This reasoning can be seen in much of the US’s history of intervention in Central America after the War-Peace Studies Group’s findings. In order to “maintain this position of disparity”, it became necessary for the Carter administration to support Nicaraguan dictator Anastasio Somoza’s brutal regime because, as Robert Pastor — Carter’s National Security Advisor for Latin America — put it, “”The United States did not want to control Nicaragua or the other nations of the region, but it also did not want developments to get out of control. It wanted Nicaraguans to act independently, except when doing so would affect U.S. interests adversely.”

This is a fine explanation of the status quo the US is trying to protect, that it knew it would need to protect back in ’48. It also explains a great deal of animosity toward Nicaragua after Somoza was kicked out; Nicaragua had the gall to experience a upward trend of productivity and a dramatic decrease in the infant mortality rate, and did so “in ways which reduce their willingness and ability to complement the industrial economies of the West,” which is literally the definition of the “threat of Communism” decided upon by a Harvard study group headed by Professor of Government William Yandell Elliot in the mid-50’s. It’s basically the definition the US used for a solid 30 years after that.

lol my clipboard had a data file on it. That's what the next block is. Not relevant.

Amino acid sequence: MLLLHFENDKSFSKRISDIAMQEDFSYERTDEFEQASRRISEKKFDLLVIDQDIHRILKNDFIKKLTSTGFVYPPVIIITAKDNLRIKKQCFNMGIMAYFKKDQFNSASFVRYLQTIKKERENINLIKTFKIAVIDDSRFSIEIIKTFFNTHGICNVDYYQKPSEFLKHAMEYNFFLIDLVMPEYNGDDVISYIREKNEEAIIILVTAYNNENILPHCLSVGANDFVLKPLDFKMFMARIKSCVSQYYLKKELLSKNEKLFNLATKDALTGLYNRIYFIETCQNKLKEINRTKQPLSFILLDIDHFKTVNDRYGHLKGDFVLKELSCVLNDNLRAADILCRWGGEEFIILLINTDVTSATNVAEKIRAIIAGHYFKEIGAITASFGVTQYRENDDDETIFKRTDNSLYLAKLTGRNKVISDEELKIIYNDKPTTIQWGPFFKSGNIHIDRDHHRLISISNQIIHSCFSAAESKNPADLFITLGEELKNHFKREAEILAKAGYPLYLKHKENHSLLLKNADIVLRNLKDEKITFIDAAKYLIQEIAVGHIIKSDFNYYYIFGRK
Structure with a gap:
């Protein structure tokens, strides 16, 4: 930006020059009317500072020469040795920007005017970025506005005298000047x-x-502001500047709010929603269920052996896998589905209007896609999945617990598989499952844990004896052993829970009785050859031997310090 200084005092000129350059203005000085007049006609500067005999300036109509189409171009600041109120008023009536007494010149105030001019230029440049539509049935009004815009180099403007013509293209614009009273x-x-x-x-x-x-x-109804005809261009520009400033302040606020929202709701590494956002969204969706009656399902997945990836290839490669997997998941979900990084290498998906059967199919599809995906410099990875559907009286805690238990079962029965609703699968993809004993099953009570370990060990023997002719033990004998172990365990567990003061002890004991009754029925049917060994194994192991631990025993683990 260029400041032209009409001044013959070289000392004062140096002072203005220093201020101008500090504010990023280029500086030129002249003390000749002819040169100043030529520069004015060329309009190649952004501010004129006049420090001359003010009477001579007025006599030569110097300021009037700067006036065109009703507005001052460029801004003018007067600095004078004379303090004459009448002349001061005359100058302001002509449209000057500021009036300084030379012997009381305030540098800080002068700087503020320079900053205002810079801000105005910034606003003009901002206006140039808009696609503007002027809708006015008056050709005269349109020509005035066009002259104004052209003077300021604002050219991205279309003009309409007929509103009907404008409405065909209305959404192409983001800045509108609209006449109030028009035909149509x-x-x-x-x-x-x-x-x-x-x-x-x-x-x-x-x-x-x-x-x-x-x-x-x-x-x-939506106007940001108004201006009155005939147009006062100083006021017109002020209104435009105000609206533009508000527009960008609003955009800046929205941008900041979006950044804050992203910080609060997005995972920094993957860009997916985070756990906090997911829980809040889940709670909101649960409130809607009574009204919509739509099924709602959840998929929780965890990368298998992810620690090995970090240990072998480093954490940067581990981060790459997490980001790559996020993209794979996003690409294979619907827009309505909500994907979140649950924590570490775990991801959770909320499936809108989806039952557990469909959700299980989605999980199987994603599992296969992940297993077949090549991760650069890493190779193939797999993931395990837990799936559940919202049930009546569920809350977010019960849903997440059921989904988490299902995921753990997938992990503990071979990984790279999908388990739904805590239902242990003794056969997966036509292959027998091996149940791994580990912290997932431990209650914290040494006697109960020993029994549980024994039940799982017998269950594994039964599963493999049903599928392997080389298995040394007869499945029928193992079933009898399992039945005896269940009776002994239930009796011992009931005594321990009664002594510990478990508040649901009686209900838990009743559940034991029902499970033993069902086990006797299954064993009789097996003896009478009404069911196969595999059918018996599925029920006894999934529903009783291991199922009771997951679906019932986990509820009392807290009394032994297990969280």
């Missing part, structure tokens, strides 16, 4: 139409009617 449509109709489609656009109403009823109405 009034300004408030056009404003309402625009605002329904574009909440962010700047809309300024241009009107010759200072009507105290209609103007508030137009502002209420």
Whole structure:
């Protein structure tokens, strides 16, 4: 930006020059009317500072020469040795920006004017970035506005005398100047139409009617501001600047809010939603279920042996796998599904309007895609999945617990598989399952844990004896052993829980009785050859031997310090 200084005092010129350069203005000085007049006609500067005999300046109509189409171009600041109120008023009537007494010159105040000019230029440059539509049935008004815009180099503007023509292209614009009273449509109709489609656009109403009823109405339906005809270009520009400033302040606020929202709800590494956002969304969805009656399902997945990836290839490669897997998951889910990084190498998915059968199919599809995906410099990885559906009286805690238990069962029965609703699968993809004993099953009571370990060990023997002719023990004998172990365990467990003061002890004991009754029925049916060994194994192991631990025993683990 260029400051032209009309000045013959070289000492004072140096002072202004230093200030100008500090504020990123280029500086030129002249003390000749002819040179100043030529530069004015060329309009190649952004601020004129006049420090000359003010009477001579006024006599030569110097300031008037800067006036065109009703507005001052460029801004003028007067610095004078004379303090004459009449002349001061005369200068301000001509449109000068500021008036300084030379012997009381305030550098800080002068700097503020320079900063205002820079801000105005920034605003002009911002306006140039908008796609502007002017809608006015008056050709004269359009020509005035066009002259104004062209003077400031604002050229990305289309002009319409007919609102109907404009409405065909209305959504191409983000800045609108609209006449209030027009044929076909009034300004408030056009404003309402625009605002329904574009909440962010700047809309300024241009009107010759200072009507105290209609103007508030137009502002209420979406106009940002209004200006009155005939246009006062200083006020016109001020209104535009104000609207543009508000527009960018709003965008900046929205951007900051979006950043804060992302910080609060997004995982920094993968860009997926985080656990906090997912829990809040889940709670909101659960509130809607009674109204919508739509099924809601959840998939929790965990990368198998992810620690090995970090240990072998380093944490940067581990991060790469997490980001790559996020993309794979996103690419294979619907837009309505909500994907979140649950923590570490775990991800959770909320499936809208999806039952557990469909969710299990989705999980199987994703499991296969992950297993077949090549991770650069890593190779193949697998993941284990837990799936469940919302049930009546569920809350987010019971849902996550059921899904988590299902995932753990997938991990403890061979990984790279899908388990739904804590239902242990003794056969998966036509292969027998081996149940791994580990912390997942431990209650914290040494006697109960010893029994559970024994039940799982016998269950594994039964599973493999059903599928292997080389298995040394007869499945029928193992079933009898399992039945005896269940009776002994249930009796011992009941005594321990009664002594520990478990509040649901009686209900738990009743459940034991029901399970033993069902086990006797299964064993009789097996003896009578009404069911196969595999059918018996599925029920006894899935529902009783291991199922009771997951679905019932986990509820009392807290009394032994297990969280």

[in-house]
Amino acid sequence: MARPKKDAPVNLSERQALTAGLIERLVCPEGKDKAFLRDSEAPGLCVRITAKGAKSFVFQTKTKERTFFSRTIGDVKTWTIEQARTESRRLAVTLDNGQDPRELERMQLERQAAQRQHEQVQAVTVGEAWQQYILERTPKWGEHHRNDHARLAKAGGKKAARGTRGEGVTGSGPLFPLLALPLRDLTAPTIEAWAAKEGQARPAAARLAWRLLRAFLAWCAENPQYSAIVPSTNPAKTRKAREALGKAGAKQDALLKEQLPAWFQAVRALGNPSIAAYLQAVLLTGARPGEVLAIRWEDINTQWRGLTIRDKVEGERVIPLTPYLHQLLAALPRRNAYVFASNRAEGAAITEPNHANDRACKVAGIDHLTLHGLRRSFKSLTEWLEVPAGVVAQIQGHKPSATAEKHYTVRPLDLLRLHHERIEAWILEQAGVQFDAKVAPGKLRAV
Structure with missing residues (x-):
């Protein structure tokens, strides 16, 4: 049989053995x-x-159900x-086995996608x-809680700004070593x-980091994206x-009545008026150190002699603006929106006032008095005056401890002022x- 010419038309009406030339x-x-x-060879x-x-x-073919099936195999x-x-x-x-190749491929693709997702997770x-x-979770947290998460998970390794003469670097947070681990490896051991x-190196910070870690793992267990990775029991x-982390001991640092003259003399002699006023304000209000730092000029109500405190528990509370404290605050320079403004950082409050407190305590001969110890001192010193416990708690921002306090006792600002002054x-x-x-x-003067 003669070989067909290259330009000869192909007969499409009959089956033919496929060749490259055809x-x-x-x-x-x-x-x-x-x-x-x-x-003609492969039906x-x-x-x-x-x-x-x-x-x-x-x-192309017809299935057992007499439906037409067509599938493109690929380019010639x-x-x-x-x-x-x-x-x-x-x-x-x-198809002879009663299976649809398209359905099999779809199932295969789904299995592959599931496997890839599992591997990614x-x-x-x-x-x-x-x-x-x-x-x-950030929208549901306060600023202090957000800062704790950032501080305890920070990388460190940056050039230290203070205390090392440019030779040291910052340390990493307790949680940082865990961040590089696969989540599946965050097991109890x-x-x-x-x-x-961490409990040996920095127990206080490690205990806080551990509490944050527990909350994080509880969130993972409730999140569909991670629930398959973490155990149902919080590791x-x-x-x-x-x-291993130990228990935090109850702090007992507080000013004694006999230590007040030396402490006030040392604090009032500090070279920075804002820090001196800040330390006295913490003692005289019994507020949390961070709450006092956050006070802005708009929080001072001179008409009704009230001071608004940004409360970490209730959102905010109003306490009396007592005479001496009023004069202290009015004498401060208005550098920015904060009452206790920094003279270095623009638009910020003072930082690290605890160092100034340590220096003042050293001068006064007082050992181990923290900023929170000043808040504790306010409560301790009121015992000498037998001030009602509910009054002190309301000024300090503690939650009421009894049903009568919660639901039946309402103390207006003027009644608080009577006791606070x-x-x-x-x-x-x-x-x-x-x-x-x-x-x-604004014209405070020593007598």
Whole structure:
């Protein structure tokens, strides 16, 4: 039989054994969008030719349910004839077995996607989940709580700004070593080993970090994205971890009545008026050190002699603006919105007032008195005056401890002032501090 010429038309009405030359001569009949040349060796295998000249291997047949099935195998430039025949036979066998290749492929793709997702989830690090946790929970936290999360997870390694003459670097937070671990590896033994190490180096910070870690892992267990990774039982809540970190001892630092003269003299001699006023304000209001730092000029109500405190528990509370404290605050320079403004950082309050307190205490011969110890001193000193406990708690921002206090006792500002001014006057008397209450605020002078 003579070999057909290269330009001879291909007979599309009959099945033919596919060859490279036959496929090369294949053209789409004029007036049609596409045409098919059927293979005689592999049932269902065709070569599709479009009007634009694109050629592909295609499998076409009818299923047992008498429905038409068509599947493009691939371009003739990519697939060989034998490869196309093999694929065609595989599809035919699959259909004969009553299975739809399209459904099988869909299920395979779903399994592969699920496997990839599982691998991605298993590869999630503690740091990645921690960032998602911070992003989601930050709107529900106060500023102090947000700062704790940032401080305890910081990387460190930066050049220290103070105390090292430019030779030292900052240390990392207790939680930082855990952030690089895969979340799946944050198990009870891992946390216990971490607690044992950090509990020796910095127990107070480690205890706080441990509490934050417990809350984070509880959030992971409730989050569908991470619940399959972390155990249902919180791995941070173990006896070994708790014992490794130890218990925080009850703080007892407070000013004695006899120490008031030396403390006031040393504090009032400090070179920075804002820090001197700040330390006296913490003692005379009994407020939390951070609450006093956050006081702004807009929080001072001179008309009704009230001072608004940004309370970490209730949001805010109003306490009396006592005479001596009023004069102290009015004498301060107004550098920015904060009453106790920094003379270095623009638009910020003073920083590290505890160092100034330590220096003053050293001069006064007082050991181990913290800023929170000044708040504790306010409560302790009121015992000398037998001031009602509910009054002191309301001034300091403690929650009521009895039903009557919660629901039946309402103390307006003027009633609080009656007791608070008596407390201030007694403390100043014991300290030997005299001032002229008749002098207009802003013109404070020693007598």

Now, this is not truly a conspiracy as many view the term today. Which international laws were broken is up for debate and difficult to prove; also Pastor is actually quite forthright in his defense of US intervention, although the reasons given are horrible.

A better example would be the Gulf of Tonkin incident in 1964 and how it was handled. The official story was that the North Vietnamese had fired first, that the US boats had acted in self-defense, and that the US had no interest in a broader war at that time but events dictated that it must engage. It would later be discovered, long after an awful and bloody war proceeding directly from that event, that none of those three things were true; at the same time heads of state were assuring the populace that this was indeed the truth they were in fact well aware that it wasn’t. That is a conspiracy, and it was a successful one.